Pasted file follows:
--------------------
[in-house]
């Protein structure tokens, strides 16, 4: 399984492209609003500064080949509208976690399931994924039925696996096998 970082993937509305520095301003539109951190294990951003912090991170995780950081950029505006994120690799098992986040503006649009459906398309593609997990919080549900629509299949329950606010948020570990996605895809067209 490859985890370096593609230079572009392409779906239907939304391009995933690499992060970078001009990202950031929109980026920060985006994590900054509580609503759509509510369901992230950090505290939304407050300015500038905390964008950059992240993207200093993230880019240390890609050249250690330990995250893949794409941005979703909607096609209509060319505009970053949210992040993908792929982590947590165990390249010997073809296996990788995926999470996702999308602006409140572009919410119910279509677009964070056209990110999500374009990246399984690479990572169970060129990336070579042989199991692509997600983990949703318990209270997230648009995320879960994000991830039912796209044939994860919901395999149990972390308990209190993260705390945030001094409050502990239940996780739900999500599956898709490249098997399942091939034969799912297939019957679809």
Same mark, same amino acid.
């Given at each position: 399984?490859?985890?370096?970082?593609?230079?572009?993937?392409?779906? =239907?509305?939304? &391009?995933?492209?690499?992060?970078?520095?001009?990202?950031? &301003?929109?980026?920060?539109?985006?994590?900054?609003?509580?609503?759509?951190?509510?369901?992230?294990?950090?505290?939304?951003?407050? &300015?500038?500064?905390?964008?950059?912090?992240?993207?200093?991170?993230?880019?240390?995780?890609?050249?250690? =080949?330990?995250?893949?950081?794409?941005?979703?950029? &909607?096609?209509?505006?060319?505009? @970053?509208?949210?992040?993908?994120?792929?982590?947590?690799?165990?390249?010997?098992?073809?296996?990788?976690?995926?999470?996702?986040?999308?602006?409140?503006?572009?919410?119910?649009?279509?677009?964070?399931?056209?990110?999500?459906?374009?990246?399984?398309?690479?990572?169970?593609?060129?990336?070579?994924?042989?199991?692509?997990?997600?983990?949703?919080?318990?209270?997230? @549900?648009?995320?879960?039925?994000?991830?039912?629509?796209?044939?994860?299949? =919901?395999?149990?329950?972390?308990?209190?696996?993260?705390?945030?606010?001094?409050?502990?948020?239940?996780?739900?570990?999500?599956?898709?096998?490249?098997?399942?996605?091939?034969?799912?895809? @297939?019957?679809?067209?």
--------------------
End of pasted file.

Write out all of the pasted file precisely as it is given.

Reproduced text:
[in-house]
């Protein structure tokens, strides 16, 4: 399984492209609003500064080949509208976690399931994924039925696996096998 970082993937509305520095301003539109951190294990951003912090991170995780950081950029505006994120690799098992986040503006649009459906398309593609997990919080549900629509299949329950606010948020570990996605895809067209 490859985890370096593609230079572009392409779906239907939304391009995933690499992060970078001009990202950031929109980026920060985006994590900054509580609503759509509510369901992230950090505290939304407050300015500038905390964008950059992240993207200093993230880019240390890609050249250690330990995250893949794409941005979703909607096609209509060319505009970053949210992040993908792929982590947590165990390249010997073809296996990788995926999470996702999308602006409140572009919410119910279509677009964070056209990110999500374009990246399984690479990572169970060129990336070579042989199991692509997600983990949703318990209270997230648009995320879960994000991830039912796209044939994860919901395999149990972390308990209190993260705390945030001094409050502990239940996780739900999500599956898709490249098997399942091939034969799912297939019957679809």
Same mark, same amino acid.
């Given at each position: 399984?490859?985890?370096?970082?593609?230079?572009?993937?392409?779906? =239907?509305?939304? &391009?995933?492209?690499?992060?970078?520095?001009?990202?950031? &301003?929109?980026?920060?539109?985006?994590?900054?609003?509580?609503?759509?951190?509510?369901?992230?294990?950090?505290?939304?951003?407050? &300015?500038?500064?905390?964008?950059?912090?992240?993207?200093?991170?993230?880019?240390?995780?890609?050249?250690? =080949?330990?995250?893949?950081?794409?941005?979703?950029? &909607?096609?209509?505006?060319?505009? @970053?509208?949210?992040?993908?994120?792929?982590?947590?690799?165990?390249?010997?098992?073809?296996?990788?976690?995926?999470?996702?986040?999308?602006?409140?503006?572009?919410?119910?649009?279509?677009?964070?399931?056209?990110?999500?459906?374009?990246?399984?398309?690479?990572?169970?593609?060129?990336?070579?994924?042989?199991?692509?997990?997600?983990?949703?919080?318990?209270?997230? @549900?648009?995320?879960?039925?994000?991830?039912?629509?796209?044939?994860?299949? =919901?395999?149990?329950?972390?308990?209190?696996?993260?705390?945030?606010?001094?409050?502990?948020?239940?996780?739900?570990?999500?599956?898709?096998?490249?098997?399942?996605?091939?034969?799912?895809? @297939?019957?679809?067209?």